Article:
The new Landyachtz El Barbaro, with Max Gradlmiller

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Today marks the launch of the El Barbaro, putting a little old school flavor into the Landyachtz lineup. Designed as a versatile board for the city, it measures 30″ by 9.25″, with a wheelbase of 14.12″.  Construction consists of 7 plies of maple with a beefy kicktail, small nose, and wheel wells. We rang up the board’s designer, Max Gradlmiller, to get the lowdown on what the deck is all about. Hit the jump for the full conversation and a bunch of photos.

Hey Max, how’s it going?

Good, how are you doing?

Not too bad. How’s your trip to Maryhill going so far?

Awesome. We’re actually ahead of schedule for the first time in Landyachtz roadtrip history.


That seems like quite the achievement!

Yeah, we’re cooking it down there right now, probably will take another hour and a half or two hours.

Awesome. Why don’t you tell me a bit about your new board?

Alright, basically it’s designed off of a couple old school shapes that I’ve been riding for the last couple years. I never really got into the double kicks, I always liked having the wider end and the old school fish shape. I brought up the idea with Tom and Mike to redo the Smoke and make it better. I basically designed that board as something for around town, something that I can go fast on, and just generally getting where I want to go, that style of board.


Are there any old school boards in particular that inspired this shape?

Yeah, the Gator for sure, the Vision Gator. Skull Skates Deadman, I got some of the shape from that too. Basically marrying those two shapes, and then bringing the old school skateboard into 2013 by giving it some concave, extra wheel wells, and throwing on a sick graphic.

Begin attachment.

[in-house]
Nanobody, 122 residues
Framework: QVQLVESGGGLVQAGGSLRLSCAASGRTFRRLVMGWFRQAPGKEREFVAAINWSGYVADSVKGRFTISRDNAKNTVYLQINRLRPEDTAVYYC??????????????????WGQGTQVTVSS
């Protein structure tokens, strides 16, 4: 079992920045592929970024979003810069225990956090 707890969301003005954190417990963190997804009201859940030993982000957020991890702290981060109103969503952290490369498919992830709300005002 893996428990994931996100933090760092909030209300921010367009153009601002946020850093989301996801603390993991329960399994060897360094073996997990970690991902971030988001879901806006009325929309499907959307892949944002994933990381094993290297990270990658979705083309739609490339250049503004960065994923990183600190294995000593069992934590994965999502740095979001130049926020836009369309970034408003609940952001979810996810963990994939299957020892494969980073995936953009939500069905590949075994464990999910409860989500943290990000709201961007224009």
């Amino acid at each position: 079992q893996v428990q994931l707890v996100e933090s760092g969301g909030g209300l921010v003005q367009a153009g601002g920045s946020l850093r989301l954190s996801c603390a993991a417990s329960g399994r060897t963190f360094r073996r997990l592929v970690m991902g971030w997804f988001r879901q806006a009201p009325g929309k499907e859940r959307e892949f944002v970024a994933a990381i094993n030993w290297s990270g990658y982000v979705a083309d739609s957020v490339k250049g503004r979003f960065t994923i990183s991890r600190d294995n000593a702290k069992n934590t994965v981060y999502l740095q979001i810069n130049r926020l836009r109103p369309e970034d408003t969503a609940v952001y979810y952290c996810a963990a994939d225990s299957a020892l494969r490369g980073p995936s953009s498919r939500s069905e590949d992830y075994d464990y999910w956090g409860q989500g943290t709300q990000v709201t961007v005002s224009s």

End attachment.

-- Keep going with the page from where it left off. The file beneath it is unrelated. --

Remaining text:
What’s the deal with the graphic?

I always wanted a sugar skull graphic on a board and this got me the opportunity, they let me take a look at a couple artists to see their style of artwork and I picked the Scarecrow Oven guys ‘cause they had kind of a crazy style that kind of reminds me of an old school graphic. So I was like, “Hey, I like your style of work, could you incorporate that into a sugar skull, throw some roses in the background, try to make it creepy, and a Spanish flair to it. They came up with that and it was exactly what I wanted it to be. A simple graphic, a little overdone.


How long have you been working on developing it?

Actually a lot longer than I thought. For that particular shape, I’ve been working on it for almost a year, with other boards and shapes until I found the exact shape and length that I wanted it. I have eight or nine boards with different shapes and concaves lying around at my house now.

It looks like a pretty massive tail, I take it you like a big badonkadonk on your boards?

Haha, yeah, I like a big tail. I know it’s not everyone’s style, but we’ll keep it around for now and see how other people like it.

What are your go-to moves on the board?

Tail rakes and bonelesses.


Do you ever pull any Vallely-style streetplants with it?

Kinda, I’m not that good at them to be honest!

So are you gonna race Maryhill on this thing?

Yeah I am. We got one set up slalom-style, we’ll give that a go and see how it works, I’m pretty stoked.

Nice. Well, thanks for chatting, catch you later.





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